By Carey Purcell
07 Feb 2014
Released by Masterworks Broadway, the recording, which received the Grammy Award for Best Spoken Word Recording, was made in 1963, a few months after the play first opened on Broadway. It was produced by Columbia Records.
The recording has been unavailable for years, but it will be available for purchase via MasterworksBroadway Feb. 18 on CD and digital download. The recording will feature a booklet with the original liner notes by Edward Albee and Goddard Lieberson, as well as a new essay by David Foil.
"In [Goddard] Lieberson's mere decision to make this recording of Who's Afraid of Virginia Woolf?, there was a bit of daring," press notes state. "We forget how deeply shocking the play was for many of its first audiences (as the film would be to a larger audience in 1966). As if to prove the point, in the spring of 1963, the trustees of Columbia University overruled the unanimous recommendation of the Pulitzer Prize drama jury and refused to award Albee's play the prize in drama that year — because of its unprecedented portrait of a dysfunctional marriage and the scathing language with which it speaks."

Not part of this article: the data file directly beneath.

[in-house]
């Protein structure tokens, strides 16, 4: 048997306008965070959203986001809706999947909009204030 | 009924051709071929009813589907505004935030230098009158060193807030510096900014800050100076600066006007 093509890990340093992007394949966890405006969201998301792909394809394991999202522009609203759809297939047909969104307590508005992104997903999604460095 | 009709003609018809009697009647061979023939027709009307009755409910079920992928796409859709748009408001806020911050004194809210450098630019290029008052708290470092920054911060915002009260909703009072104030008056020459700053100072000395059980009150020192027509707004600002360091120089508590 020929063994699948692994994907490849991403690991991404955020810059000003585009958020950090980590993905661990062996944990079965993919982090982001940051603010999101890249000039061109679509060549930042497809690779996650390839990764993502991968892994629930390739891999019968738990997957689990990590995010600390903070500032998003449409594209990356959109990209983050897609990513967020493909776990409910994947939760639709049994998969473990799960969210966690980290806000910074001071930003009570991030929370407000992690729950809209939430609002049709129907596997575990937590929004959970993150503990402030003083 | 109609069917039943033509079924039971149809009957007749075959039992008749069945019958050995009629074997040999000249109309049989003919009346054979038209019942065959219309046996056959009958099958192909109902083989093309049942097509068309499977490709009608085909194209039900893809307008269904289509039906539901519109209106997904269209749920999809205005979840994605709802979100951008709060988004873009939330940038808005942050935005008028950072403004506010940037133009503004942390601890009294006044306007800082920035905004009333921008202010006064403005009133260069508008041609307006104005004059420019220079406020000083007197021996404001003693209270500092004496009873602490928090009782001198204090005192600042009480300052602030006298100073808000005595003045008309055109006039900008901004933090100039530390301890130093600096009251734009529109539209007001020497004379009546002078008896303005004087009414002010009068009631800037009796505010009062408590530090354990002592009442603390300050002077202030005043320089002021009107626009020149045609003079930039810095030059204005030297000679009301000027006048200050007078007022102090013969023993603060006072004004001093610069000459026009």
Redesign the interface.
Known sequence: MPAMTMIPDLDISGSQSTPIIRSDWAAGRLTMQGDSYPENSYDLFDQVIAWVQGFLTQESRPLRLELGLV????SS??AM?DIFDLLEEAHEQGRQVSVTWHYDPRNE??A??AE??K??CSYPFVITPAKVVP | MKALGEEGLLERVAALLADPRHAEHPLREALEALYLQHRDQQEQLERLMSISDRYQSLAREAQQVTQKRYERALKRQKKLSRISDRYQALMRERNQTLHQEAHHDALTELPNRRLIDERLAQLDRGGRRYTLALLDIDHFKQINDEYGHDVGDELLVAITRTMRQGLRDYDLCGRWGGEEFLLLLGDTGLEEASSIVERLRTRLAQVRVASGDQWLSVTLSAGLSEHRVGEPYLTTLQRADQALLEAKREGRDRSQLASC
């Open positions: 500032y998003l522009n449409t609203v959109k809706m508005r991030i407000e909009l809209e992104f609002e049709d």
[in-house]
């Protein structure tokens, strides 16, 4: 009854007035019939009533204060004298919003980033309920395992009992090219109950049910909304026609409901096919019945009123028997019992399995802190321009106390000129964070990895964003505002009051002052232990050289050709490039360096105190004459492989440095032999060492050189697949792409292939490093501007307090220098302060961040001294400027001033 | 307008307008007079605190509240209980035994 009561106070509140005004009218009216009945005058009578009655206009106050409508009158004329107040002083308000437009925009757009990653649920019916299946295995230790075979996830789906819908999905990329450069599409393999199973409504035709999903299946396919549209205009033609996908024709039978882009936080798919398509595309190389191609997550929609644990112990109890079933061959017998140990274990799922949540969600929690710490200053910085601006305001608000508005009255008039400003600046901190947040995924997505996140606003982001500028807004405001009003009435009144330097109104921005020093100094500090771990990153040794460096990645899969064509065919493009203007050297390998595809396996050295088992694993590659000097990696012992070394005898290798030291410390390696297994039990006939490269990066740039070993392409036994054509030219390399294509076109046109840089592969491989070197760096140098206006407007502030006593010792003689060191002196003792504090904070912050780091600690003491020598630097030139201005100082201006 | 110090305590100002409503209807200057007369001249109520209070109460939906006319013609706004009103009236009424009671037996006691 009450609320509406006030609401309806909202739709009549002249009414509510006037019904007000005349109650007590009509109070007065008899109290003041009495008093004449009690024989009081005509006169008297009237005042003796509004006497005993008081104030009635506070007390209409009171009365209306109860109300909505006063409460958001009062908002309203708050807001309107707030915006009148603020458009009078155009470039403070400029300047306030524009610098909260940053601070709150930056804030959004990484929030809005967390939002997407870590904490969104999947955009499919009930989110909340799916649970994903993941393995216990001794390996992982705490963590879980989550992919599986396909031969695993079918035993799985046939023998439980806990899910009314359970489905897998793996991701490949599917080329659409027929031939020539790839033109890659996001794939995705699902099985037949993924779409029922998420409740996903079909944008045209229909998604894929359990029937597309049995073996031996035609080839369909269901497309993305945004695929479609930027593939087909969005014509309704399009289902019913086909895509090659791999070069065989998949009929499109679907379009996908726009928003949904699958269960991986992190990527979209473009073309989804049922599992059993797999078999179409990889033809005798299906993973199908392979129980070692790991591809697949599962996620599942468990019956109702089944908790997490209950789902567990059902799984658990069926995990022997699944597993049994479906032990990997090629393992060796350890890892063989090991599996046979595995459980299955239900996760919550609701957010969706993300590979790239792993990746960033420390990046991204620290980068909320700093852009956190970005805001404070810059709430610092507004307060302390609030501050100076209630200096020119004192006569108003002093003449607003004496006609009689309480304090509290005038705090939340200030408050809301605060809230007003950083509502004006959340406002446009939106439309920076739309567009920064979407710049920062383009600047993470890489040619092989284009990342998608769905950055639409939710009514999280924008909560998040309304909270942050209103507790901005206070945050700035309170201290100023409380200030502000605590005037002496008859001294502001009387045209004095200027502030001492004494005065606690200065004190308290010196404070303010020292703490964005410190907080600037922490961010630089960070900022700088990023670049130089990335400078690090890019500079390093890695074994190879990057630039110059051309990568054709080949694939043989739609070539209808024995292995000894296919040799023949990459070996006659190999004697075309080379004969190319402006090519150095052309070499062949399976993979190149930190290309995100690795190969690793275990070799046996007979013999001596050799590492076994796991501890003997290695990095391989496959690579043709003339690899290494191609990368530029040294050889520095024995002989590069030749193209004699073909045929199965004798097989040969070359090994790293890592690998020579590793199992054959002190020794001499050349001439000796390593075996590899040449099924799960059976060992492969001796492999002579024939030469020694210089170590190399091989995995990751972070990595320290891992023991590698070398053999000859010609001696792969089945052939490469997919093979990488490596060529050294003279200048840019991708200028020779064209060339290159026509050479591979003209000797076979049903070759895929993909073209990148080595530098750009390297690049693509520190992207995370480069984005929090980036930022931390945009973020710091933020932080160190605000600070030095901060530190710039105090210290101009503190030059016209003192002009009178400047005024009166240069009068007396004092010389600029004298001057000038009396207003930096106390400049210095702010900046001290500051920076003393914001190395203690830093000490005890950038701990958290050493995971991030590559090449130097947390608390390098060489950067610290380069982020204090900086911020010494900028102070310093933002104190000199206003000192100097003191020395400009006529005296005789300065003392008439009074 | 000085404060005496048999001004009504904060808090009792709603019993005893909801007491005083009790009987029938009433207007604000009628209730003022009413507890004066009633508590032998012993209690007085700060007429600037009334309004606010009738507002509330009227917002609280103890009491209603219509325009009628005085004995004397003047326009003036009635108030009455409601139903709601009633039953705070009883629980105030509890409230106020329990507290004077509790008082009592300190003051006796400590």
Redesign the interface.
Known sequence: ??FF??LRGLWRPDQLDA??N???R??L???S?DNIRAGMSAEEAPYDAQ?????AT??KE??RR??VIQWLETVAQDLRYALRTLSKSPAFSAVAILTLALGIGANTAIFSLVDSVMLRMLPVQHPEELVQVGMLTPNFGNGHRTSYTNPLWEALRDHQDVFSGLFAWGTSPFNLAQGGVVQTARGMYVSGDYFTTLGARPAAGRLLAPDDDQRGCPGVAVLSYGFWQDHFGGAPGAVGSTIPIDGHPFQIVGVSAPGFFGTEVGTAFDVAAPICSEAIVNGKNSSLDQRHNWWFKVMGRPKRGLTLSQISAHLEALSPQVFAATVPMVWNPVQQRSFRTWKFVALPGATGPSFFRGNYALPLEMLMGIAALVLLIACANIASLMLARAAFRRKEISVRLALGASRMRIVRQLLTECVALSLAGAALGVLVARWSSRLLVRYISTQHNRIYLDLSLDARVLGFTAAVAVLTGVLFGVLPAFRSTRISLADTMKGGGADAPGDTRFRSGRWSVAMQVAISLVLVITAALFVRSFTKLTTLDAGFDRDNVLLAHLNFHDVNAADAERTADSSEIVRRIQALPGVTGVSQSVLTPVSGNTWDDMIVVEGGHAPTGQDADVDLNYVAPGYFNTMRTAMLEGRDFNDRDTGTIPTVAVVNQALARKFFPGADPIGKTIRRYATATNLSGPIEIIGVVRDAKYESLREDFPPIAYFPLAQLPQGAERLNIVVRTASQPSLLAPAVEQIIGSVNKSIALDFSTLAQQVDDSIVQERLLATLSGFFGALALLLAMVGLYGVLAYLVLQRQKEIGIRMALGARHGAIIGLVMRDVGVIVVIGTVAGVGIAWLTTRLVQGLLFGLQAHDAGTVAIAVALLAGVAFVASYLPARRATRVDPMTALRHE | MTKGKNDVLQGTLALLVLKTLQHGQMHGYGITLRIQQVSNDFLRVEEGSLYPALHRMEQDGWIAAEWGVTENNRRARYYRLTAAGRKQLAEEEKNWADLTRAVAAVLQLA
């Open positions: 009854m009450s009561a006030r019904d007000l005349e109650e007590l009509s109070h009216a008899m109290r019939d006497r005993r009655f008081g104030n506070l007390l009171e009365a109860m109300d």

Who's Afraid of Virginia Woolf? follows two married couples who find themselves engaged in marital war late into the night following a party. The original 1963 production received the Tony Award for Best Play, and Hagen and Hill were both honored for their performances with Best Actor and Actress. The production has since been revived on Broadway in 1976, 2005 and 2012. The 2012 revival, starring Tracy Letts, Amy Morton, Carrie Coon and Madison Dirks, won the Tony Award for Best Revival, and Letts was honored with Best Actor.
Visit masterworksbroadway.com for more information.